Traveler satisfaction tops the corporate travel wishlist
GBTA 2016 points out that balancing business travelers’ needs for familiar consumer-like booking experiences, with their companies’ needs to manage cost and ensure traveler safety was clearly a top concern.
If GBTA 2016 was an international sporting event, the big winners from the Denver conference were business travellers themselves.
As we walked the show floor of GBTA 2016, and attended the education sessions, we were struck by how spot-on this year’s show theme of ‘balance’ was. Balancing business travelers’ needs for familiar consumer-like booking experiences, with their companies’ needs to manage cost and ensure traveler safety was clearly a top concern. This year, companies were focusing on technology and employee traveler satisfaction as their key success metrics.
Balancing duty of care and traveler behavior
Given recent world events, it’s no surprise that duty of care was a major concern at this year’s conference. Show participants in particular wanted to know, “Will sharing economy services provide adequate safety measures and duty of care for my travelers?”
Regardless of your opinion on the sharing economy, one thing is clear, it is still a grey area that many companies have not yet addressed in their travel policies. In the “How Do You Measure Up?” education session, most of the audience of travel managers – yes, travel managers – did not even know if sharing economy services were covered by their company travel policy.
With travel management companies (TMCs) starting to provide access to sharing economy services, the importance for companies to set a policy, and communicate it clearly, is increasingly evident. On the road, business travelers don’t check their company policy before making decisions that may ultimately hinder a travel manger’s ability to help in a crisis. To get ahead of these trends, travel managers need to define what services are covered in their policies, and update their TMC apps and website booking tools before their travelers book.
When it comes to technology, the industry still has not stuck its landing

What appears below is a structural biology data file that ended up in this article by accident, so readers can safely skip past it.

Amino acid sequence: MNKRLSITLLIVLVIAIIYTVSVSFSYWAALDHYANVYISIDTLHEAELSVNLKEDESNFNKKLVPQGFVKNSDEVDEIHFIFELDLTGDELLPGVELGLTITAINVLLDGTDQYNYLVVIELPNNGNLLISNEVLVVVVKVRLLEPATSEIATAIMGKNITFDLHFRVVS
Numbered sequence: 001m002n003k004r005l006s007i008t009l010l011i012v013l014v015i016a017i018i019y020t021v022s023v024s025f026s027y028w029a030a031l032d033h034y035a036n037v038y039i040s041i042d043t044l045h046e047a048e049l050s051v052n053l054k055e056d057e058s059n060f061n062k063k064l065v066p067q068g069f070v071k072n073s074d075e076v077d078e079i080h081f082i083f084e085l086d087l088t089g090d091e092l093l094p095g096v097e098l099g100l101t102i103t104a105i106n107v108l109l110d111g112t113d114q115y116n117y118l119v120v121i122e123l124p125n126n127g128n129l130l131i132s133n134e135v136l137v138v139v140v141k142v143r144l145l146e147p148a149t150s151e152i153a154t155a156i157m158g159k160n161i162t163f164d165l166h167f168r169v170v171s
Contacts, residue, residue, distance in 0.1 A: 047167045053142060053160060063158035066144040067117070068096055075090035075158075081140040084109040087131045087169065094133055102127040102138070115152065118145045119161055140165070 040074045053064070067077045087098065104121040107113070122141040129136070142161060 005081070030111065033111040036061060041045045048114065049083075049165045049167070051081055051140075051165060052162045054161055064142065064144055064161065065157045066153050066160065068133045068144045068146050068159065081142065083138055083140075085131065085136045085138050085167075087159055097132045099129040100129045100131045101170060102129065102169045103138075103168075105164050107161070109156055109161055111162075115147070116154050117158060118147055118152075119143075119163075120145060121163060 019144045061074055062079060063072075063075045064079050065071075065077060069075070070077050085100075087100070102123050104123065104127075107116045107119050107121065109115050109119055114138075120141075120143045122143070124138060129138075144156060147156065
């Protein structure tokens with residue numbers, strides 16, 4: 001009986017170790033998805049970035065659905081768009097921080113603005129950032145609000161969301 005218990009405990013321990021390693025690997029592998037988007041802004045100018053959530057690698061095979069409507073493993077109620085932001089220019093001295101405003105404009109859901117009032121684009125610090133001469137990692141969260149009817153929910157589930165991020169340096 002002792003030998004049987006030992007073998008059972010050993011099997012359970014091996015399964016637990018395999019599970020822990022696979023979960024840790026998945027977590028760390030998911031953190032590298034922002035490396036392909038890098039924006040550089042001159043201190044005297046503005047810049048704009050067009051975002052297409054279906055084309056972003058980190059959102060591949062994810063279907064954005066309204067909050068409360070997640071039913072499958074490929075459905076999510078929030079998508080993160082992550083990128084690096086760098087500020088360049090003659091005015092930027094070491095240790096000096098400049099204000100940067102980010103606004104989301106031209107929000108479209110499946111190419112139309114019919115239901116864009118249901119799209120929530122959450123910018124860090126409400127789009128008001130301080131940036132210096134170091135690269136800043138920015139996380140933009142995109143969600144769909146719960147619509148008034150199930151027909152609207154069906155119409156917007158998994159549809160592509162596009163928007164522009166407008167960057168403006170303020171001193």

While the travel industry is making strides in technology, the overall consensus is that the corporate travel space has a way to go before its technology catches up with leisure offerings.
Dara Khosrowshahi, CEO of Expedia, Inc., said:
“I do think there will be consolidation in the corporate travel space because some of these companies don’t have the scale to invest in technology… there’s going to be a lot of consolidation in this industry; financing is cheap and it’s driving acquisitions activity.”
Increased investment in technology is good news for travel managers battling leakage from their business travelers using consumer websites. Corporate solutions that aren’t user-friendly don’t work. By offering travelers access to familiar, consumer-like experiences, travel managers are more likely to drive natural adoption and compliance in their programs.
Should the gold medal go to companies with top cost savings or most satisfied travelers?
For years, most companies’ procurement departments had goals of reducing cost. However, it’s clear that the industry is now trying to find ways to balance costs with business traveler and employee satisfaction.
Cost reduction is still going strong as illustrated by innovations announced at GBTA 2016. One of which included GLP Designation Group’s value estimator tool, designed to quantify the value of managed travel. Egencia released its Travel Intelligence home page, which provides a summary overview of a customer’s travel program. Taking a look beyond the data to provide actionable insights was a burgeoning theme at this year’s show.
It is clear that wanting employee satisfaction is now a necessity. As United’s CEO Oscar Munoz said:
“The airline industry has made travel hell for business travelers. We need to do better to improve the air travel experience.”
During the Act Global, Think Local education session, Will Tate from Goldspring Consulting noted that “if travel managers want travelers to follow policies they need to prioritize service over reasonable costs.”
TMCs talked candidly about their plans to improve the customer experience, whether through mobile apps, data sciences and refreshing their duty of care services. If the industry can deliver on these promises, it will be a big win for business travelers.
There Are Still Some Hurdles to Jump
The corporate travel industry is striving to catch up with its leisure counterparts, and we are encouraged by the strides we saw at this year’s GBTA event. The industry continues to evolve to meet the needs of both leisure and business travelers.
While TMC’s haven’t scored a “perfect 10” yet, we’re definitely getting closer.
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